More inpatients waiting longer for treatment in Scotland

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Hospital wardImage source, PA
Image caption,
The 12-week waiting time guarantee was broken on almost 83,000 occasions last year

The percentage of hospital inpatients waiting longer than 12 weeks for treatment has gone up over the past year.

Official figures show 28.1% were not treated within the guaranteed waiting time set by the Scottish government in the quarter ending 31 December 2019.

That compared to 27.0% during the same period in 2018.

The 12-week target for outpatients improved but was still below the government's commitment.

Health secretary Jeane Freeman said the statistics showed "improvements in performance in a number of key elective waiting times areas".

In total, the 12-week guarantee for inpatients and day cases was broken on almost 83,000 occasions last year.

That was despite the government spending more than £100m during that time to target the problem.

Ministers introduced legislation in 2012 stating that patients waiting for hospital treatment - either as as an inpatient or as a day case - should not have to wait longer than 84 days.

But NHS figures reveal in the last three months of 2019 this treatment time guarantee (TTG) was breached for 19,638 patients - taking the total for the year to 82,617.

Slight increase

In the final quarter of 2019, 71.9% of patients were admitted to hospital within 12 weeks - a slight increase from the 71.3% recorded in the period from July to September.

But two health boards breached the TTG for more than two-fifths of those waiting for hospital treatment - with NHS Tayside and NHS Highland achieving the 12-week target for 58.2% and 59.3% of cases - while in NHS Grampian it was met for 61.1% of patients.

In October 2018, the Scottish government announced an action plan to reduce NHS waiting times.

But the Conservatives claimed the SNP was "utterly incapable" of improving performance in this key area.

Image source, Getty Images

The party's health spokesman Miles Briggs said the most recent figures were a "damning indictment" of health secretary Jeane Freeman and "the SNP's mismanagement of our health service".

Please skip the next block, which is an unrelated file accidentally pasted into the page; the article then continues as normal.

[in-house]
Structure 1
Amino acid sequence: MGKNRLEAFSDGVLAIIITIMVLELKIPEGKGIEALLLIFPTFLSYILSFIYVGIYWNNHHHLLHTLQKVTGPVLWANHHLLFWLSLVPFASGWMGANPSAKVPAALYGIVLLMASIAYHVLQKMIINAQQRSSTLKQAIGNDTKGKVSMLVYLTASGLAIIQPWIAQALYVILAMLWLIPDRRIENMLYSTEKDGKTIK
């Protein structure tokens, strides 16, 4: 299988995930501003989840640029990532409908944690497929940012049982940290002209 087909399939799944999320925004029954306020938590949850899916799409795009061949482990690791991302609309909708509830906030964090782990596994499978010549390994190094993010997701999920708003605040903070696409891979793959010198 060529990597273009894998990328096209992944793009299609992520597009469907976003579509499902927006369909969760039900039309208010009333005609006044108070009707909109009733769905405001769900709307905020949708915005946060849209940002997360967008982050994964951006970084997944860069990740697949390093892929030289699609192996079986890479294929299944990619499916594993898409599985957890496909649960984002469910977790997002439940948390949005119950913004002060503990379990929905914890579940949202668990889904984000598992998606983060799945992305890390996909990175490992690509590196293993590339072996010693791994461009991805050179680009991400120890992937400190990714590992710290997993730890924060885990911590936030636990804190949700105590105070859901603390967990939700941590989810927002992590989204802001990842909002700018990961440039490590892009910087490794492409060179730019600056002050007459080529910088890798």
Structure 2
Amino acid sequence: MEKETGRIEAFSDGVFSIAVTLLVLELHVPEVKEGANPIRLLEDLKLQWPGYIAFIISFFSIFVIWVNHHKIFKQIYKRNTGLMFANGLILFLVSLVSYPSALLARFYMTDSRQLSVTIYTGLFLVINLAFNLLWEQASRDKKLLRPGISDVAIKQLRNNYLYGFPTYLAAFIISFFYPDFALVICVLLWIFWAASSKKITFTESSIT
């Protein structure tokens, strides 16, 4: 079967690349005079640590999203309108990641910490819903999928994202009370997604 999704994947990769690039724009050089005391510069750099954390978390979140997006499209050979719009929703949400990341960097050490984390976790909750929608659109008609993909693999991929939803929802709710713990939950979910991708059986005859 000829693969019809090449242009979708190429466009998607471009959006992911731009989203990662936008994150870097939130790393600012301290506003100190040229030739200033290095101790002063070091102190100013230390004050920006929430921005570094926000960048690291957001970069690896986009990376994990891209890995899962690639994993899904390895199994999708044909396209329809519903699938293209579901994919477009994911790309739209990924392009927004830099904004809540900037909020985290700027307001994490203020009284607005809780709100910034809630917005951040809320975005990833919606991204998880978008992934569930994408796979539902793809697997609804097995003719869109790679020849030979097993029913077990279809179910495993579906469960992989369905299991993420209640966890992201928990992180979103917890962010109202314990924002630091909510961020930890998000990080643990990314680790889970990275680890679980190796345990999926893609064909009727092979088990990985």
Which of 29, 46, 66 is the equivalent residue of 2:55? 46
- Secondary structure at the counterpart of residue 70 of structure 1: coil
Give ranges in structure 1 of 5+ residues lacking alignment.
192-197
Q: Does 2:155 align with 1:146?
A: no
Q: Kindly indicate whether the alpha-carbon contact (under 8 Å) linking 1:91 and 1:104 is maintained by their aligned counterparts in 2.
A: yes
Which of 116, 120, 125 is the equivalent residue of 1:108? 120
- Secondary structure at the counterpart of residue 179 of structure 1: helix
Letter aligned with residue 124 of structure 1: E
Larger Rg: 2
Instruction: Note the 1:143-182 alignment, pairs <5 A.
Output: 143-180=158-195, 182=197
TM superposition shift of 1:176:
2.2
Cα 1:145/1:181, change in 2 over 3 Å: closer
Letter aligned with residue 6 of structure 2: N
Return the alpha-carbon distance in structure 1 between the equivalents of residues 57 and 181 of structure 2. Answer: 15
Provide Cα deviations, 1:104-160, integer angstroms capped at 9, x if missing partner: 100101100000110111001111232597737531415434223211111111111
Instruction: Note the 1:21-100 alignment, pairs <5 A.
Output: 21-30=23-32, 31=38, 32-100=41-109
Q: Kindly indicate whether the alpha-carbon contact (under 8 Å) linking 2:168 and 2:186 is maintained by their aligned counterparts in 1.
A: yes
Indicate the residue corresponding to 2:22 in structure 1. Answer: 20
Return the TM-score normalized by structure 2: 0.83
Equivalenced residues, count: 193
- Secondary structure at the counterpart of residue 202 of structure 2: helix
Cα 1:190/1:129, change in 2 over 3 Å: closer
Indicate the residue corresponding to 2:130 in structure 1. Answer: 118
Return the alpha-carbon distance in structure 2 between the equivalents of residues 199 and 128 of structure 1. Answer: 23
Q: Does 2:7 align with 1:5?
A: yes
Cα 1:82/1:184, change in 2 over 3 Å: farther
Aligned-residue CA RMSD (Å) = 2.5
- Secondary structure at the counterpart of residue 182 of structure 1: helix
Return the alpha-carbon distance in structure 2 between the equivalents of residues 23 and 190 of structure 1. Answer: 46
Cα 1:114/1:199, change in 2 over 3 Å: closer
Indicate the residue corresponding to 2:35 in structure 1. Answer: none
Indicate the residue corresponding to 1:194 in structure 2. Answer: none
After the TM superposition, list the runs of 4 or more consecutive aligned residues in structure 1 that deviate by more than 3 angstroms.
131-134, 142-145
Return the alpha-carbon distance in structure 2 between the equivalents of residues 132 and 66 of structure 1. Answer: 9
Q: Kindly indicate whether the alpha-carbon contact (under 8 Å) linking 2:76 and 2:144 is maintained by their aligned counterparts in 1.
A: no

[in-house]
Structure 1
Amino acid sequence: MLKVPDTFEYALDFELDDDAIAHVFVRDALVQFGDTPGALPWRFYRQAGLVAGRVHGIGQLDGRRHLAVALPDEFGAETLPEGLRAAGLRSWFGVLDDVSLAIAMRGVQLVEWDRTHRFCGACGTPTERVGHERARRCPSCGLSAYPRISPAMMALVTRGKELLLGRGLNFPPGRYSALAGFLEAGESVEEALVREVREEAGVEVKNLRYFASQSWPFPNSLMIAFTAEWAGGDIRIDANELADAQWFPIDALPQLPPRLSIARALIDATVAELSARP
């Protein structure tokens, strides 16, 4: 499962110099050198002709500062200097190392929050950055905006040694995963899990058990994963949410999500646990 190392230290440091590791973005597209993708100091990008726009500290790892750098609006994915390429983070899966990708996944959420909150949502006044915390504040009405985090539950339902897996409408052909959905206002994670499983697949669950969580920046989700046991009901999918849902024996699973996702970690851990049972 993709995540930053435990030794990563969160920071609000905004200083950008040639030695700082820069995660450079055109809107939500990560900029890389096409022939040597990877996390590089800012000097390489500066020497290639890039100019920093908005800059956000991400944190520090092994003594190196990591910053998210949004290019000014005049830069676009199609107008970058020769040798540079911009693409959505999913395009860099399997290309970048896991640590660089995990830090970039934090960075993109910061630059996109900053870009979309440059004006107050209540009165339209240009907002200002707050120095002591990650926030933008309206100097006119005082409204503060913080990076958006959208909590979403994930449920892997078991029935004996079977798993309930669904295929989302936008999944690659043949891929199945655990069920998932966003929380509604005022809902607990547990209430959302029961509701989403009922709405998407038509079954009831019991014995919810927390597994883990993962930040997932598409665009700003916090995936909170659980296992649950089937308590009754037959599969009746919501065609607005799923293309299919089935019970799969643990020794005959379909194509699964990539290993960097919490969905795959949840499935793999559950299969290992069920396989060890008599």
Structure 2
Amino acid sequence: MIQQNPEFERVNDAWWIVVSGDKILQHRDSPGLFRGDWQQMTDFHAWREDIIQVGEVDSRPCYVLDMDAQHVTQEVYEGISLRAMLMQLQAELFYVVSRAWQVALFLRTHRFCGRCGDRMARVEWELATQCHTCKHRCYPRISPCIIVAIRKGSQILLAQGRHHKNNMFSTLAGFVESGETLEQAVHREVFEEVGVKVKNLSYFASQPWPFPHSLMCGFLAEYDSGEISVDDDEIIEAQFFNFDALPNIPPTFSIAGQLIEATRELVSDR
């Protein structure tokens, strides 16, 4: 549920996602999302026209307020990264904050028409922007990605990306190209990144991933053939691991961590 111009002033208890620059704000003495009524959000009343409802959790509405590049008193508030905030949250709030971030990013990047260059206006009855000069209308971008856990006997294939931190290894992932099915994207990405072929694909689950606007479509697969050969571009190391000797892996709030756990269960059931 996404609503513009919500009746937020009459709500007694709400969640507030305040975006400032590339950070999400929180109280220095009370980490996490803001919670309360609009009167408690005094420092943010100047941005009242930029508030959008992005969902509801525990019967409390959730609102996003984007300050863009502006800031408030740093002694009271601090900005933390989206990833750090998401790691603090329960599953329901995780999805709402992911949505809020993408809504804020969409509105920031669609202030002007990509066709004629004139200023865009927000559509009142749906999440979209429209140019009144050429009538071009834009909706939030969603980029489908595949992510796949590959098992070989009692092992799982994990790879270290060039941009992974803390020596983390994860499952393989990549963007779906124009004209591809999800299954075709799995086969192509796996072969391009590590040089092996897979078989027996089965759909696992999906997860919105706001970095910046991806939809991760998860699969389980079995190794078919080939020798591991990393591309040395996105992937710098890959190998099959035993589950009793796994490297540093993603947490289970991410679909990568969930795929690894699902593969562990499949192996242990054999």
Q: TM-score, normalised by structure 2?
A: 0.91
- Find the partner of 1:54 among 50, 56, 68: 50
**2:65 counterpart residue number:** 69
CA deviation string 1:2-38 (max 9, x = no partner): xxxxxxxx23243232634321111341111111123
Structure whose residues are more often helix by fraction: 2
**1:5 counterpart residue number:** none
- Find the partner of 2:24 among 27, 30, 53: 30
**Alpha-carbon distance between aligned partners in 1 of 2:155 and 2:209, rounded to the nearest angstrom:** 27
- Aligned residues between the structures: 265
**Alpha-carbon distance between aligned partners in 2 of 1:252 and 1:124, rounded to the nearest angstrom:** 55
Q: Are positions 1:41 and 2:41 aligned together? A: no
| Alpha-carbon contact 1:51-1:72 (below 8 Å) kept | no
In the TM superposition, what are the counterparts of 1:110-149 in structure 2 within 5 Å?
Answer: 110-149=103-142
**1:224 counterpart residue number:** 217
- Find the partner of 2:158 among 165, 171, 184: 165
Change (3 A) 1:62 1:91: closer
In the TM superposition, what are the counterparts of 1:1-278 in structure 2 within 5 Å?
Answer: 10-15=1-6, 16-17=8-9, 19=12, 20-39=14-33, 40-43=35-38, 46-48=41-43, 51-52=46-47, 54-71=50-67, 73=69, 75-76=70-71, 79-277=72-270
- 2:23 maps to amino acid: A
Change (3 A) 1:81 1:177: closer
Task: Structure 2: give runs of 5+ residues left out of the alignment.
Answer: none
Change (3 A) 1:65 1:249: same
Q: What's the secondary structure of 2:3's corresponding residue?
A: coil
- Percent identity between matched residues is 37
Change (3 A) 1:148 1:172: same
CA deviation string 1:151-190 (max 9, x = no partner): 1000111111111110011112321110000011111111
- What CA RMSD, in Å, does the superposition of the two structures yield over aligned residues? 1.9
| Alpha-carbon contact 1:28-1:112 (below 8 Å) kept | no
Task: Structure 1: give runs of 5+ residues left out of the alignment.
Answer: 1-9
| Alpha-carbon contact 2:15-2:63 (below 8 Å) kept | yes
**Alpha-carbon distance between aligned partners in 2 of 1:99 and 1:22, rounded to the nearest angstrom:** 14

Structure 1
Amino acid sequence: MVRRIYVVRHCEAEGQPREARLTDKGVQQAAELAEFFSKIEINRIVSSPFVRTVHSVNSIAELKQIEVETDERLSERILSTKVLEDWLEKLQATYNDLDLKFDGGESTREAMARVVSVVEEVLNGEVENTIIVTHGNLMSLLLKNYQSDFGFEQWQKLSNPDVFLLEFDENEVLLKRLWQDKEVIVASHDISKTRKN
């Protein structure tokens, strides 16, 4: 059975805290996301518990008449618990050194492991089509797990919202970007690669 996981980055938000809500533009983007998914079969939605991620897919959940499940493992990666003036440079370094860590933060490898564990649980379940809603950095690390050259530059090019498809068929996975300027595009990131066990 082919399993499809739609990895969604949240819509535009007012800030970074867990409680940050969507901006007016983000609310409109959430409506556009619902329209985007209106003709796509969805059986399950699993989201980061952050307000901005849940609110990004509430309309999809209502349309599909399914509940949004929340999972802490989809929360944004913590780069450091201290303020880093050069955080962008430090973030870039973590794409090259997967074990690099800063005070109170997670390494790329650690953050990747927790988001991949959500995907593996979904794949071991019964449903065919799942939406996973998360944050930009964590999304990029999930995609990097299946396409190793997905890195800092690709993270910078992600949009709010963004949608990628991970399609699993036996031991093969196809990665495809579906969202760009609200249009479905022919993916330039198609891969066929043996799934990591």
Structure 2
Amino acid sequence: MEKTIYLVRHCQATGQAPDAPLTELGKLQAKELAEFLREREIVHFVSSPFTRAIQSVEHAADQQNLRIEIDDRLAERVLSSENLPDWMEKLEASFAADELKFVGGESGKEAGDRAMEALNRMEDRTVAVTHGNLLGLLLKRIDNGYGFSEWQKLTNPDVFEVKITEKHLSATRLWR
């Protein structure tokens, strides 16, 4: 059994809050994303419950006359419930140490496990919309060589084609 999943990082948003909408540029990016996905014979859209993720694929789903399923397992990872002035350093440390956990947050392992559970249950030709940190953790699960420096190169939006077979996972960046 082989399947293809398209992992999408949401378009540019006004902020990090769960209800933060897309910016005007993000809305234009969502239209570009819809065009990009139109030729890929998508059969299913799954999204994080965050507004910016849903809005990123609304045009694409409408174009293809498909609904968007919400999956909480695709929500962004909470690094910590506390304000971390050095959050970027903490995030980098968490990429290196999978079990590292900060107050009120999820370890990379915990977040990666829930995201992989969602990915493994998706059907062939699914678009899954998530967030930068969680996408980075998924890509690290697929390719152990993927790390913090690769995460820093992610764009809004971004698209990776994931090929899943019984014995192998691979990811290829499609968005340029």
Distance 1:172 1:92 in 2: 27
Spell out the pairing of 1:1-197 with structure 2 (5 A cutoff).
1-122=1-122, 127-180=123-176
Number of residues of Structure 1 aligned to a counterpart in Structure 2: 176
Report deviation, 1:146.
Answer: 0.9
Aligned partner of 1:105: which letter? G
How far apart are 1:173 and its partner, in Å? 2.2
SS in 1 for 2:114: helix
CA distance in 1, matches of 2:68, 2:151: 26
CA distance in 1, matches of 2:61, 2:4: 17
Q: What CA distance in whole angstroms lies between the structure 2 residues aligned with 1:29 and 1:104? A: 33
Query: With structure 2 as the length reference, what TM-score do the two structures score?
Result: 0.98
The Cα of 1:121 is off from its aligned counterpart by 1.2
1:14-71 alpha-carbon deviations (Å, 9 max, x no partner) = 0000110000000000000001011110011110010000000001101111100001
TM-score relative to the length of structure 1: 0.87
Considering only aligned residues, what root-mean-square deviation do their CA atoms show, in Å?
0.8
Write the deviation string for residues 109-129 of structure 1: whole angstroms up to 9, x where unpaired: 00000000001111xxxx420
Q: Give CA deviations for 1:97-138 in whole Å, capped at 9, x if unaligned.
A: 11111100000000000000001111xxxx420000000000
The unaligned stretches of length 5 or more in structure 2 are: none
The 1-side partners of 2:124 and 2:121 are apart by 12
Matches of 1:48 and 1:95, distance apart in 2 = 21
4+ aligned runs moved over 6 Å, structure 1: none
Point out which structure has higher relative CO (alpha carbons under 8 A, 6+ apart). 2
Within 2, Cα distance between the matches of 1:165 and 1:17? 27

"Not only has the cabinet secretary presided over a significant fall in waiting times but she has wasted £150m at the same time," he said.

"It is the SNP's policies of cutting capacity within the health service that is causing these dreadful waiting times - forcing thousands of patients to wait far longer than necessary.

"Despite all that cash, the SNP is clearly utterly incapable of improving waiting times."

Staff shortages

Jeane Freeman said: "We have seen a 17% improvement in numbers waiting over 12 weeks for a new outpatient appointment in the last two years and a 40% improvement in numbers waiting over six weeks for one of the four scope tests in the last year.

"These statistics also show, for the first time, a breakdown to speciality level. Across speciality areas, since March 2019 there was a 22% reduction in patients waiting over 12 weeks for ophthalmology procedures, as well as a 15% reduction for trauma and orthopaedic surgery and a 21% reduction in urology treatment."

The health secretary added: "These improvements are testament to the hard work and dedication of all NHS staff.

Separate figures show a small improvement in the number of patients who went from first referral to treatment (RTT) within 18 weeks - although performance was still well below the 90% target set by the Scottish government.

In December 2019, 78.9% of patients across Scotland were reported as having been treated within 18 weeks of referral, up from 77.2% the previous month.

But the report noted: "Since the introduction of the 90% RTT standard, NHS Scotland performance has decreased from 92.4% in June 2012 to 78.9% in December 2019."

Meanwhile, more than a fifth (20.5%) of those waiting for diagnostic tests had been waiting for more than the target six weeks, according to the latest data.

As of 31 December 2019, 87,543 patients were waiting for one of eight key tests, with 17,906 having been waiting for six weeks or more.

Cancer Research UK in Scotland said NHS staff shortages were contributing to the delays.

Spokeswoman Marion O'Neill said: "It's concerning that such a large number of people, including those with suspected cancer, are waiting longer than the target time for tests."

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